NOVA scienceNOW Season 4 #404 1x53
THE SCIENCE OF PICKY EATERS
Neil deGrasse Tyson sets out to find out more about the science behind our sense of taste: and discovers that you can’t understand taste without also getting into smell. Just when he thinks he’s got it, HHMI scientist Bob Margolskee throws him a curve ball: receptors on taste cells are turning up in parts of the body no one ever imagined finding them!
Can an eighth grader’s science fair project tackle rising levels of carbon dioxide in the atmosphere? Claire Lackner’s father Klaus, a renowned scientist at Columbia University, thought so when he saw how Claire used an aquarium pump to capture carbon dioxide in the air. A decade later, Dr. Lackner has helped form a green company that is testing a product inspired by his daughter’s vision.
SMART SEA LIONS AND TALKING WALRUSES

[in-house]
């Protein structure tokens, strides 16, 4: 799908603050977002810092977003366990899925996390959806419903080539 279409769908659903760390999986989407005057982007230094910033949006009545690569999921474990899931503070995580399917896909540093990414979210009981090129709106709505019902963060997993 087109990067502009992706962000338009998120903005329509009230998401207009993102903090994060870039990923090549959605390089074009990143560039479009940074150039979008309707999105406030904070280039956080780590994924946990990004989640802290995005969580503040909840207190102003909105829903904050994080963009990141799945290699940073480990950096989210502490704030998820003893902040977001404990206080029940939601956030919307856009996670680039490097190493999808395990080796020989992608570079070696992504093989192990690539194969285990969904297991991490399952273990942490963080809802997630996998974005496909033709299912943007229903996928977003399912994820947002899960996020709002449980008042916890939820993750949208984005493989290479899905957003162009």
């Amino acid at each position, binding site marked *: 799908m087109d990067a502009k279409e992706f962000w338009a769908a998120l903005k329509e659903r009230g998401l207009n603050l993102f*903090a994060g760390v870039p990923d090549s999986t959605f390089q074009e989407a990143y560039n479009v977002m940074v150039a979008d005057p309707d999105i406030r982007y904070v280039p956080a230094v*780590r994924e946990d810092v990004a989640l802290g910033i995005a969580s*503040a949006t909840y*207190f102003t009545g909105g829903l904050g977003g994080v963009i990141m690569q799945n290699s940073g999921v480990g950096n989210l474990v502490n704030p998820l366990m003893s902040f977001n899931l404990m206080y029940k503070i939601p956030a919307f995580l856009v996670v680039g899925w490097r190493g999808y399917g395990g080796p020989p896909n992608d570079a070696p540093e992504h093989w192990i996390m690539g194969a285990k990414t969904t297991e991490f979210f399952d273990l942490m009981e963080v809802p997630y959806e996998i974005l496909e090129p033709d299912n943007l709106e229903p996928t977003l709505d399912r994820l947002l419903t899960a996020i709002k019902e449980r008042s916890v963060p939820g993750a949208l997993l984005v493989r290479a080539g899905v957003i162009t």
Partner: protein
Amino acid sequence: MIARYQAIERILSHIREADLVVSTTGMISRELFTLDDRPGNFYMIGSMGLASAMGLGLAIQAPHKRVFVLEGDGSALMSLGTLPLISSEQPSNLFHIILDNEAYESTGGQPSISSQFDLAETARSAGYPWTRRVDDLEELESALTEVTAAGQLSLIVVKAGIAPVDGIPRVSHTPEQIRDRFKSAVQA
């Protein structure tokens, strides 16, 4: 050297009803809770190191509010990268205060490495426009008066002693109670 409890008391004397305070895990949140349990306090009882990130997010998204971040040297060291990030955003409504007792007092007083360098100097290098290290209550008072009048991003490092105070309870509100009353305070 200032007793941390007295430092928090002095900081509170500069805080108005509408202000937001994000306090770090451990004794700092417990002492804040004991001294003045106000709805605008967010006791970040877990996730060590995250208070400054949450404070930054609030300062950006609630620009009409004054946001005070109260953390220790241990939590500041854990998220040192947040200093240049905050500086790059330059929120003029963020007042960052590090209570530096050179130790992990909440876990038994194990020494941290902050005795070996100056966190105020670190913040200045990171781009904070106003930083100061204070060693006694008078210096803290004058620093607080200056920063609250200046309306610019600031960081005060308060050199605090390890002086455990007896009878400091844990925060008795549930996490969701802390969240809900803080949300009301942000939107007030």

Sea lions and walruses are often dismissed as circus clowns, but new evidence shows that these animals are remarkably intelligent. Scientists have found sea lions to be capable of higher order reasoning that few other animals have demonstrated, and studies of walrus and sea lion vocal abilities are also shedding light on the evolutionary roots of human language.
PROFILE — SAGEETA BHATIA
Sangeeta Bhatia comes from a long line of successful females. Her aunt in India went to medical school and her mother was the first woman in India to receive an MBA. Now with her own PhD in Medical Engineering, and an MD, Bhatia is a tissue engineer at MIT with a focus on the liver and cancer treatment, and she’s started an outreach program to get young girls into labs: wearing space suits, working with lasers, and loving science.